• Abstract: In November 2013, the people of Ukraine assembled en masse in Kyiv’s Maidan square. They were protesting President Viktor Yanukovych’s failure to sign Ukraine’s Association Agreement with the EU. The Maidan uprising sent Ukrainian politics into chaos. It began a chain of events that led to the Russian annexation of Crimea and to the ongoing war in the Donbas. And it changed the political leadership and set Ukraine on the rocky road to reform. Effective reform has long eluded Ukraine, in part because reform there isn’t just about improving the transparency of the state apparatus. It often also involves a complete overhaul of state processes. Ukraine was one of the most “Sovietised” republics in the USSR, and has carried forward many of its worst organisational characteristics. Reform in Ukraine is effectively “de-Sovietisation”. Ukraine’s reform efforts have made some progress over the last two years. Reforms are ongoing in almost every arm of the state, including in the media, even as Ukraine has had to deal with a challenge to its territorial integrity and Russian aggression within its internationally recognised borders.
  • Topic: International Cooperation, International Affairs
  • Political Geography: Ukraine
  • Author: Efraim Inbar
  • Publication Date: 07-2016
  • Content Type: Policy Brief
  • Institution: The Begin-Sadat Centre for Strategic Studies (BESA)
  • Abstract: The United States is retreating from the Middle East. The adverse implications of this policy shift are manifold, including: the acceleration of Tehran’s drive to regional hegemony, the palpable risk of regional nuclear proliferation following the JCPOA, the spread of jihadist Islam, and Russia’s growing penetration of the region. Manifest US weakness is also bound to have ripple effects far beyond the Middle East, as global players question the value of partnership with an irresolute Washington.
  • Topic: International Relations, International Security
  • Political Geography: America, Middle East
  • Author: Lucia Najšlová
  • Publication Date: 06-2016
  • Content Type: Policy Brief
  • Institution: Europeum Institute for European Policy
  • Abstract: At a time when the Visegrad Group (V4) is becoming a more ambitious regional bloc, several policymakers and analysts have floated the idea of deepening a dialogue with Turkey, a country of tremendous importance for the EU, and one that is enjoying unprecedented interest of policymakers, business circles and publics at large.2 Perhaps this should not come as a surprise – although the V4’s approach to the refugee crisis left some Western EU leaders questioning whether accepting the Eastern Europeans in the 2004 enlargement was a mistake – the V4 has a track-record of constructive engagement in the EU neighborhoods, and consistent support for further enlargement, including Turkey’s accession.
  • Topic: International Cooperation, International Affairs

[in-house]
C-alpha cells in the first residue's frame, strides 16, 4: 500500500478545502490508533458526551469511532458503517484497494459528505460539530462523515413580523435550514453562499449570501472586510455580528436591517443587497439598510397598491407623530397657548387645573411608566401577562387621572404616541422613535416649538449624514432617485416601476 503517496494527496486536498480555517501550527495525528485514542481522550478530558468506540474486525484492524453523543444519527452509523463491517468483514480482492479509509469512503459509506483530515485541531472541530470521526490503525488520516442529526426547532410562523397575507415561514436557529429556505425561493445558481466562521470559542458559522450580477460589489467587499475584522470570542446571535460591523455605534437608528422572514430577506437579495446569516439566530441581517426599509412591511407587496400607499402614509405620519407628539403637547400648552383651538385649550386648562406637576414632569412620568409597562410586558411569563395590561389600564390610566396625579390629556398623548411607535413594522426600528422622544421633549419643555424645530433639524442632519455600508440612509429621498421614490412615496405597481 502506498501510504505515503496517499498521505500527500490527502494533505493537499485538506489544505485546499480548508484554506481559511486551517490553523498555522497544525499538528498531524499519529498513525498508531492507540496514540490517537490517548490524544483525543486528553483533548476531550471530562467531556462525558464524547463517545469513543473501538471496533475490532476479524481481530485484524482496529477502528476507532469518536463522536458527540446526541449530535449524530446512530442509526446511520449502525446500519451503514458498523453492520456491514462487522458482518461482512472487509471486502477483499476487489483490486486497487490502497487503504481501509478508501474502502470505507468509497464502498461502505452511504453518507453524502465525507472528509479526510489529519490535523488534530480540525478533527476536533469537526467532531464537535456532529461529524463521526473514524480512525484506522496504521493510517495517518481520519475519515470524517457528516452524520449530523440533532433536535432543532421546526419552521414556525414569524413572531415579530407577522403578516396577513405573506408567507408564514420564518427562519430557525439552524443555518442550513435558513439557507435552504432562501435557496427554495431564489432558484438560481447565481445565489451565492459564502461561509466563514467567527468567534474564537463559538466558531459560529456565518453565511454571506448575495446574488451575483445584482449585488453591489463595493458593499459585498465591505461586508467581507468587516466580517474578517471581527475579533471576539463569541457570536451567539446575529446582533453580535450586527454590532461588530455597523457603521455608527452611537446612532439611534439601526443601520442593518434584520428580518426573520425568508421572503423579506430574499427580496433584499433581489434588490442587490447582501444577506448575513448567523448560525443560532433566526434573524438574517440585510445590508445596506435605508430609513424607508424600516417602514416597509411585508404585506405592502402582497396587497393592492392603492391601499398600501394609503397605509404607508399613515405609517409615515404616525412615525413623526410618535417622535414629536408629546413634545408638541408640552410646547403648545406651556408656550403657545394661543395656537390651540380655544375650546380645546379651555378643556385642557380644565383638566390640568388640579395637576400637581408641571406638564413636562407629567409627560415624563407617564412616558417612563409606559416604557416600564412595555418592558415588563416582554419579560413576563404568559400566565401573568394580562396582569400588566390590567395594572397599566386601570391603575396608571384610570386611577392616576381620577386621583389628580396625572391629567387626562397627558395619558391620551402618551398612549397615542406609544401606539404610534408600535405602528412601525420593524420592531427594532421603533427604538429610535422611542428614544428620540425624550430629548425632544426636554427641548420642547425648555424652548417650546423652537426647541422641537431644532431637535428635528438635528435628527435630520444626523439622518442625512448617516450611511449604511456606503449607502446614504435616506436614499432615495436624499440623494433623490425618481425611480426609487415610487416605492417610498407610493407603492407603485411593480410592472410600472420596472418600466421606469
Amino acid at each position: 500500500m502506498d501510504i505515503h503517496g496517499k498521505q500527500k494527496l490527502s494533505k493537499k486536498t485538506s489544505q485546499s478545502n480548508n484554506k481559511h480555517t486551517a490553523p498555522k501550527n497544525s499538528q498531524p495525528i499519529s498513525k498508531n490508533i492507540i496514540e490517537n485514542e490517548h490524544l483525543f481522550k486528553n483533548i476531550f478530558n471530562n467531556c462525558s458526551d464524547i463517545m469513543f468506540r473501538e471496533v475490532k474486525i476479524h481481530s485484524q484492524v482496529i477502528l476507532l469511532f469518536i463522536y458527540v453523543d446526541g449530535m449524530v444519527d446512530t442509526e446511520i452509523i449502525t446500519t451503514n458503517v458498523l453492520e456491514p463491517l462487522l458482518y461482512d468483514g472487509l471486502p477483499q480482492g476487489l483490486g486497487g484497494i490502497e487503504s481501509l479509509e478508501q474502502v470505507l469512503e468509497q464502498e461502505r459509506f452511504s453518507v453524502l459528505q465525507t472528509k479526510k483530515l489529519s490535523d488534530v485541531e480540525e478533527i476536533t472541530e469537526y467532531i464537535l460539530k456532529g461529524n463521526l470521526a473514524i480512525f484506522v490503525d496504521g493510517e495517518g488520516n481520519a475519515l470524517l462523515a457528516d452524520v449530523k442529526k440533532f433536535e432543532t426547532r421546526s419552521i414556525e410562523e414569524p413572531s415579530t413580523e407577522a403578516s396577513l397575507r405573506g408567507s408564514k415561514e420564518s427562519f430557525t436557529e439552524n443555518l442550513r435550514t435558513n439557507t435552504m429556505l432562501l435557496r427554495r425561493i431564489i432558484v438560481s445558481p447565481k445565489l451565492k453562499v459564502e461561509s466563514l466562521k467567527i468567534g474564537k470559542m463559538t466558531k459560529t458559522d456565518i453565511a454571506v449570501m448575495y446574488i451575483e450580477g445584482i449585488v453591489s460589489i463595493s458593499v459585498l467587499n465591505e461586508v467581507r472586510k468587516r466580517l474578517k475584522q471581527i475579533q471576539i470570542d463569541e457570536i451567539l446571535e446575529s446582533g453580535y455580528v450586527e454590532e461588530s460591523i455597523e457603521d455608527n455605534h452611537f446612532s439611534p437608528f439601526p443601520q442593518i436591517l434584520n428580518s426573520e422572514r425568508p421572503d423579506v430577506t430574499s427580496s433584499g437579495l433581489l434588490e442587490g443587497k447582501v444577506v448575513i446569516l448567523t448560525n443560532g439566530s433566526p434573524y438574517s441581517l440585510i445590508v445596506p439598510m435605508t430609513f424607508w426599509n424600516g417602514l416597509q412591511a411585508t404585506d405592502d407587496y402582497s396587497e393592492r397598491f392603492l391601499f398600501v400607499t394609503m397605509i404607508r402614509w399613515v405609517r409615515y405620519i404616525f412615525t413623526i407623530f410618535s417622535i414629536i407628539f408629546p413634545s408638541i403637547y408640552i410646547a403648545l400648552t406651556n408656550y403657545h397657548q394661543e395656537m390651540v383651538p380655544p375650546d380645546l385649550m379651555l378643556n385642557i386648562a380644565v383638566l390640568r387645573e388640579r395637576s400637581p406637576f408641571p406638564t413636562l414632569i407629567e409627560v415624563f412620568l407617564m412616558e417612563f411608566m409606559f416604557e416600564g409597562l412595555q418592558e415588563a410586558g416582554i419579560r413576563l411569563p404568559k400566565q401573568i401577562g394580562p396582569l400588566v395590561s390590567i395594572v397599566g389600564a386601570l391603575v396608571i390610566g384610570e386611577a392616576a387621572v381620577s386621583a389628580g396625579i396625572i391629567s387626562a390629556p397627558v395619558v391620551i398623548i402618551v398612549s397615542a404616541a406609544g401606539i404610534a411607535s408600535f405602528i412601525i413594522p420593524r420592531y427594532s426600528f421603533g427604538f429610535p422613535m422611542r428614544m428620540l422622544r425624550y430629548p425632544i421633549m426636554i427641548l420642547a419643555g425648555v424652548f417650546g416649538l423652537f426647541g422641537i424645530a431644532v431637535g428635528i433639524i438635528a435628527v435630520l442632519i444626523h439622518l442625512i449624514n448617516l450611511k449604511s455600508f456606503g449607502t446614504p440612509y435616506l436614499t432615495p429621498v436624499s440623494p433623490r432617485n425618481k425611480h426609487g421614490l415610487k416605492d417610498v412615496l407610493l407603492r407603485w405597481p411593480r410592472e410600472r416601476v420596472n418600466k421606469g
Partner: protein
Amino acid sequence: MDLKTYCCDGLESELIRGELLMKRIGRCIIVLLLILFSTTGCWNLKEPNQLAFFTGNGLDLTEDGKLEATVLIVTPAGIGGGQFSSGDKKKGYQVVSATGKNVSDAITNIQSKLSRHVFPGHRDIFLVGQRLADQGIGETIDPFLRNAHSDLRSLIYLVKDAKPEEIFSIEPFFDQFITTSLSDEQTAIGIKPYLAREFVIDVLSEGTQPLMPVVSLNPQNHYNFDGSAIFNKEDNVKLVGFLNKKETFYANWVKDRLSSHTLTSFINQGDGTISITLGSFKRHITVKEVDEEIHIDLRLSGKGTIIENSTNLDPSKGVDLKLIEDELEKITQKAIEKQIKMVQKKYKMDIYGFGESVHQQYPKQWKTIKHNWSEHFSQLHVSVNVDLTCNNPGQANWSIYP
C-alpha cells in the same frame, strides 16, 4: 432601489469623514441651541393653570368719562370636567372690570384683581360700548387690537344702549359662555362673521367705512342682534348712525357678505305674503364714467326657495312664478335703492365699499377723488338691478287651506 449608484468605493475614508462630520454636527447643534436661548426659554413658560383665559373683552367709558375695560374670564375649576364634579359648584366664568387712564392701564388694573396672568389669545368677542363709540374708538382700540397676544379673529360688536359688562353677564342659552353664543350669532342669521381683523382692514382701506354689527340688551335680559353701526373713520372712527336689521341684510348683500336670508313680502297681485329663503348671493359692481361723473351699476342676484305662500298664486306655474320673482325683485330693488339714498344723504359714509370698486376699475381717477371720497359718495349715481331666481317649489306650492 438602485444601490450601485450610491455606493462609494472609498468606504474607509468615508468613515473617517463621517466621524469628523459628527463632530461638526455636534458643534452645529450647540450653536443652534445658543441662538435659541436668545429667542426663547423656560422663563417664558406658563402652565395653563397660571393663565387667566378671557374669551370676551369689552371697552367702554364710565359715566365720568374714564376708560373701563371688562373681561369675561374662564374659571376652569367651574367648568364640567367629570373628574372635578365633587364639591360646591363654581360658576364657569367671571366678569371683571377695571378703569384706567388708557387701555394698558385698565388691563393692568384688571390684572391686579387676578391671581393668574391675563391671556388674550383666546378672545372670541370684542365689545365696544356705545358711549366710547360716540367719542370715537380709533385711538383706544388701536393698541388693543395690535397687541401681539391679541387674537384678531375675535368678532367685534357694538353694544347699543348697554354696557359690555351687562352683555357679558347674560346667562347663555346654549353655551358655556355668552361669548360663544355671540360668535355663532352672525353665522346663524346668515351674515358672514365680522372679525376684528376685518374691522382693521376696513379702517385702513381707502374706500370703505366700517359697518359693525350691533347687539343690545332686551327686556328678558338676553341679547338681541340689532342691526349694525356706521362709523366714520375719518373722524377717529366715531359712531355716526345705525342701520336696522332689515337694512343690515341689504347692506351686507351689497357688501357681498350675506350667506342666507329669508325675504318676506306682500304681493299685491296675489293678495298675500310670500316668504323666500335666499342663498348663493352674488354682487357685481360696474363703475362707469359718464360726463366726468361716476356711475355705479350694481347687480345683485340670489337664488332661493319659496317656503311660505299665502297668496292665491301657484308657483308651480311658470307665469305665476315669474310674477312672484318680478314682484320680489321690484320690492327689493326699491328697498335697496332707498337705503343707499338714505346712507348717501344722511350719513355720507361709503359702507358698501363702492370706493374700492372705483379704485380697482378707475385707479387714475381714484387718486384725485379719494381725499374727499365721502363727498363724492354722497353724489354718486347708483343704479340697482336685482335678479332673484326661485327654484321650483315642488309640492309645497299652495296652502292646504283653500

• Political Geography: Europe, Turkey
  • Author: Thanos Dokos
  • Publication Date: 04-2016
  • Content Type: Policy Brief
  • Institution: Hellenic Foundation for European and Foreign Policy (ELIAMEP)
  • Abstract: ELIAMEP Policy Paper 26/2016 deals with the Eastern Mediterranean in 2020. It is edited by Director General of the Foundation Dr Thanos Dokos. The policy paper employs scenarios and includes policy recommendations. Findings are based on a conference organised by ELIAMEP and Konrad Adenauer Stiftung (KAS) in Athens on “The Eastern Mediterranean in 2020: Possible Scenarios and Policy Recommendations” . The conference was organised in cooperation with the EU Institute for Security Studies (EU-ISS) and with the support of NATO’s Public Diplomacy Division.
  • Topic: Political Theory
  • Political Geography: Europe
  • Author: M Shteiwi
  • Publication Date: 09-2016
  • Content Type: Policy Brief
  • Institution: Center of Strategic Studies (CSS)
  • Abstract: For Europe, 2015 was the year of the biggest migration and refugee crisis in the European Union’s history. Around 1.5 million asylum seekers arrived in Europe (0.2% of the combined EU population) in 2015, most of them Syrian refugees. More than 4 million Syrians have fled their country since the onset of the conflict in 2011. According to the Syrian Regional Refugee Response, there are 639,000 UNHCR registered refugees in Jordan (8% of the population), 1 million in Lebanon (17%), 2.7 million in Turkey (3.5%), 246,000 in Iraq (0.7%), and 118,000 in Egypt (0.1%). Many other Syrians living in those countries have not been registered by UNHCR. In addition, 7.5 million are estimated to be internally displaced persons (IDPs) in Syria itself. These are only the numbers directly related to the Syrian conflict. Iraqi, Sudanese, Somali, Palestinian, Eritrean and Ethiopian refugees are also registered in the aforementioned countries. Between 1998 and 2003 unauthorised entries by sea into Greece, Italy, Malta and Spain had stabilised, except for 2011 due to the Arab Spring (Fargues, 2015), but in 2015 the numbers increased dramatically, as shown in this pape